Now you know what the movie is about. The hungry car stalks its prey in the garage and starts offing the workers one by one. If you're interested in the movie, stop reading now. There be spoilers below.

Remember when I said that the killer car isn't really a killer car at all? Well, that's right. Turns out the car is simply a lizard/octopus alien hybrid who has the power to shapeshift. Why it continuously decides to be a car is just silly. Essentially it could transform into anything and eat people just as easily, but it keeps becoming a car over and over. I couldn't think of a more awkward weapon than a car. Especially in the small confines of a parking garage. Needless to say, there's a lot of three-point turns going on.

My favorite part of the movie comes when the characters find out that they're dealing with a shape-shifting lizard. They totally take it in stride. It doesn't faze them at all. One guy discusses the fact that he studied a squid in college that could shape shift into rocks and coral and then attack unsuspecting prey. Yeah, because this is totally the same thing!

Like so many of these hokey horror movies (e.g. 'Dinocroc' or 'Sharktopus') the graphics here are stunningly bad. That's okay though, because who cares right? It's a movie about a giant lizard with tentacles that can turn itself into various vehicles. That's about all that you need to know.

The Blu-ray: Vital Disc Stats

'Super Hybrid' is an Anchor Bay release. It has standard Blu-ray packaging, has been pressed on a BD50, and is indicated to be a region A release.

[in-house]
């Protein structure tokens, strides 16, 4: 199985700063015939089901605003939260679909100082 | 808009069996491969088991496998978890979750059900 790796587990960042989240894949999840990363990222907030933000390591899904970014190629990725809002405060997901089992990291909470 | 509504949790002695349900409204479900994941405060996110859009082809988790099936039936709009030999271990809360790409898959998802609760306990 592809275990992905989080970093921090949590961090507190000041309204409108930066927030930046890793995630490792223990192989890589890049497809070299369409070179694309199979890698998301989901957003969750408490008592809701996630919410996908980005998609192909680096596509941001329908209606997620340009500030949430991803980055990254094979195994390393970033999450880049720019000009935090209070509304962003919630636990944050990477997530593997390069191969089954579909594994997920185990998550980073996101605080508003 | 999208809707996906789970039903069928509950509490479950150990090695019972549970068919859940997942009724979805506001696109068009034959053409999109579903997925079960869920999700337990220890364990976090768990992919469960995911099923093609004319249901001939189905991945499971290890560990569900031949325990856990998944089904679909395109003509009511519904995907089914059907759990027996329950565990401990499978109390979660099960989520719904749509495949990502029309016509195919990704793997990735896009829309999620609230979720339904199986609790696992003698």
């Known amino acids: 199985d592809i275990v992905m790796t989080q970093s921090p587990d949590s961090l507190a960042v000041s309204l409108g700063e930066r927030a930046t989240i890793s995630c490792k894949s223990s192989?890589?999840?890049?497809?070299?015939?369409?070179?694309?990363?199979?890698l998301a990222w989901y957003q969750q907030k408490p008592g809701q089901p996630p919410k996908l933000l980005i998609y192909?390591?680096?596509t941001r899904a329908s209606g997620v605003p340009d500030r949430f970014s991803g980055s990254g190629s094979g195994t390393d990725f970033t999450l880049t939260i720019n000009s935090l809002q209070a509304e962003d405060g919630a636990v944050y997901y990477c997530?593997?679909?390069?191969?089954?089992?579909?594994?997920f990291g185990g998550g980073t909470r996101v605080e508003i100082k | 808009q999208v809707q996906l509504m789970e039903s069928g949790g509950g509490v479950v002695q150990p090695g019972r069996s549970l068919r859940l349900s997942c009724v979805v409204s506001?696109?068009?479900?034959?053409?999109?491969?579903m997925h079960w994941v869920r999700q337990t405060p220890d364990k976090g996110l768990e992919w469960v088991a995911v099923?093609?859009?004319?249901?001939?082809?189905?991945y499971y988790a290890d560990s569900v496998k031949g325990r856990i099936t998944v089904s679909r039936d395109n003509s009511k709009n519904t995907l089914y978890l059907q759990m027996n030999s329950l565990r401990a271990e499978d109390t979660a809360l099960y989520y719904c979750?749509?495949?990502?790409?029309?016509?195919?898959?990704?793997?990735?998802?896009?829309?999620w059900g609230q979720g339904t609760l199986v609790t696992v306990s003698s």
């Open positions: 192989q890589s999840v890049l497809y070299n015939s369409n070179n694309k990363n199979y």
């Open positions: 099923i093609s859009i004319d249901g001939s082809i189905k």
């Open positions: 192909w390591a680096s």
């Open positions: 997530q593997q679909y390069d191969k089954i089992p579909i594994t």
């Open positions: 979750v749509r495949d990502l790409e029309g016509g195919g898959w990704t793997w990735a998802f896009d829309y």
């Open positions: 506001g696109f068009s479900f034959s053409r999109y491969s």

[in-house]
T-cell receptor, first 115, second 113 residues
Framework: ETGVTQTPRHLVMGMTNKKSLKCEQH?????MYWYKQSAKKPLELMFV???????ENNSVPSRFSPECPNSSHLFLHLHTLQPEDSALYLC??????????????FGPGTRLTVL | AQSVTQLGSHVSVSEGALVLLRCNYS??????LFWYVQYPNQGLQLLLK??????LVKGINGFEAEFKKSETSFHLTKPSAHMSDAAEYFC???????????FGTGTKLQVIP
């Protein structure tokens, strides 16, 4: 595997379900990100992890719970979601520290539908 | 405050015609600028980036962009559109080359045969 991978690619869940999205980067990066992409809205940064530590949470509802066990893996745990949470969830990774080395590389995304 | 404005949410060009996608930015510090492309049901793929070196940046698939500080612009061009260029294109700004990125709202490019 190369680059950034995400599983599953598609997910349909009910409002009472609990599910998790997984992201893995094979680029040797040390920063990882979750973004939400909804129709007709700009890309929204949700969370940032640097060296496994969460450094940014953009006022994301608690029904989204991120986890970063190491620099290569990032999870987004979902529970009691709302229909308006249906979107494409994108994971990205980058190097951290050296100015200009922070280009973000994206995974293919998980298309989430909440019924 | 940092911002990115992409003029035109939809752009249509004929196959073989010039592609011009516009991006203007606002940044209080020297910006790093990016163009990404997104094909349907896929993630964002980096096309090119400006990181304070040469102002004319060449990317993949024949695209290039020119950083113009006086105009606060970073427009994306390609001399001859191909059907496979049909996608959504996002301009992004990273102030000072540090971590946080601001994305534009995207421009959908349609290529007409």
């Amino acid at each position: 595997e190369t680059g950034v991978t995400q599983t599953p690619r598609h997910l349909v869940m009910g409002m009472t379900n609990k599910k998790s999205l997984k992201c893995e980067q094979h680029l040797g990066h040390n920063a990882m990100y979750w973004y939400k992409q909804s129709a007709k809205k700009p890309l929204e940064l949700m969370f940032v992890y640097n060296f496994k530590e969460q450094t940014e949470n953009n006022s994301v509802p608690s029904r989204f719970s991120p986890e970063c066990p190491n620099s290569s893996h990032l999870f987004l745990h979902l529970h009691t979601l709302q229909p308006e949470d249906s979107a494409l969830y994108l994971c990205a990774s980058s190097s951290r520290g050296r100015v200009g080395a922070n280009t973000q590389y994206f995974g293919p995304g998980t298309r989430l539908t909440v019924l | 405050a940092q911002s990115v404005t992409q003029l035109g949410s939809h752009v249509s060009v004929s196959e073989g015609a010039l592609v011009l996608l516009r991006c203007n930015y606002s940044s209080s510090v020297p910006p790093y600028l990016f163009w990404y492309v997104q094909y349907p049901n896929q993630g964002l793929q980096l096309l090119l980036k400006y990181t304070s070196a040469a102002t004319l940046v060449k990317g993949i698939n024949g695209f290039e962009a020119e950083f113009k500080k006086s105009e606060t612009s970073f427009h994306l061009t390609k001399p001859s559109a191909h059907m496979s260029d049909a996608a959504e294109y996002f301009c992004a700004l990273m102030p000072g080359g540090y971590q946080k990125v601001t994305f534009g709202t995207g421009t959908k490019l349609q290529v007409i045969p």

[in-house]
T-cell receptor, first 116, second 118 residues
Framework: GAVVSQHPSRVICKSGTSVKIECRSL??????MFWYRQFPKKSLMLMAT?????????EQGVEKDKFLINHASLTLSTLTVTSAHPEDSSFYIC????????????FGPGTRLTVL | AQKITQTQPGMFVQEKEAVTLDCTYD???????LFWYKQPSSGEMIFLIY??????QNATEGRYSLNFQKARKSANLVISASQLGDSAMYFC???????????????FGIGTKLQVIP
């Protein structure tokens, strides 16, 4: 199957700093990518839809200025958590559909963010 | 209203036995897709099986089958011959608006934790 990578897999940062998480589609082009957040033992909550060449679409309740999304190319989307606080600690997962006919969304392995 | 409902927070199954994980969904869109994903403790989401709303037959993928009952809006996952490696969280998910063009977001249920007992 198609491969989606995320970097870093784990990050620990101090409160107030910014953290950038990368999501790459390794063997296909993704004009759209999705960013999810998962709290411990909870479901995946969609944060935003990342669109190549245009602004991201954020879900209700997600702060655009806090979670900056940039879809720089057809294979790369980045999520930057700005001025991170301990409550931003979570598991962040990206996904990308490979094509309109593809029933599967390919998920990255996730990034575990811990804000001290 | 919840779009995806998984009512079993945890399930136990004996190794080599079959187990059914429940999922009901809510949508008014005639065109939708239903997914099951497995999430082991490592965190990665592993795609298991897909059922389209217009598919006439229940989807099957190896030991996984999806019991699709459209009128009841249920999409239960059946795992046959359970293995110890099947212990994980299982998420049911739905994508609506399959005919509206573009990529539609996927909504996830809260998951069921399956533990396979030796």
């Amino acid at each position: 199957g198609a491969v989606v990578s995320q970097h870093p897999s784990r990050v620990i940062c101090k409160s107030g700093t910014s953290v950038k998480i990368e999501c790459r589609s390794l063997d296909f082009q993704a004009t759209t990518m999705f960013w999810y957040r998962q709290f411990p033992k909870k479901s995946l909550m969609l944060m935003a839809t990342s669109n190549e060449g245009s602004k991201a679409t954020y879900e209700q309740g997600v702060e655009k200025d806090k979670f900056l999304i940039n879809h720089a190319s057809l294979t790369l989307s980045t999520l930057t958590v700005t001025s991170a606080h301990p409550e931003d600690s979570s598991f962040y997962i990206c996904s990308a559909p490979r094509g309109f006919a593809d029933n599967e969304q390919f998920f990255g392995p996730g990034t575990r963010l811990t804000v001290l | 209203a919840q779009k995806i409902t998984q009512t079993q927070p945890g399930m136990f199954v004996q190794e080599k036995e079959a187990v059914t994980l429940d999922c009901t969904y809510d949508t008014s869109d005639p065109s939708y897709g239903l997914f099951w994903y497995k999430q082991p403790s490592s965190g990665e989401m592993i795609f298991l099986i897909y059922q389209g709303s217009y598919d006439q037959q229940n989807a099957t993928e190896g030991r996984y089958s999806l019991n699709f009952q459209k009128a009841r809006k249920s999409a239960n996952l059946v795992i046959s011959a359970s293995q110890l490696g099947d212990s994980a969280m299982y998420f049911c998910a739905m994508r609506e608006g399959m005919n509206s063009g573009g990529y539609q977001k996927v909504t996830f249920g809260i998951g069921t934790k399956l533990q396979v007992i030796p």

The Video: Sizing Up the Picture

For a low-budget horror movie 'Super Hybrid' looks decent enough. The opening aerial shot of a busy freeway at night is about the best the movie gets. Blacks and shadows are nicely delineated there. The soft glow of the street lamps add to the look.

Problems arise when the movie moves inside the garage. Crushing is often part of the experience as shadows gobble up faces, clothes, and cars. There's some digital noise here and there. Skintones, at times, seem too pumped up giving the actors a bronze-ish hue. Other times, however, they look natural. It's pretty hit and miss. Since most of the movie is set in a darkened car garage, the crushing really makes it hard to watch at times.

The worst visuals come from the extremely sub-par, low-budget special effects. They just look terrible. It's clear that they didn't have the money nor the means to create believable special effects, but in high definition the shape-shifting lizard looks a little more like a giant green blob with wavy tentacles. It has little to no detail. It just looks bad. With that said, this isn't the worst I've seen. This isn't even the worst DTV presentation I've seen. It's simply mediocre.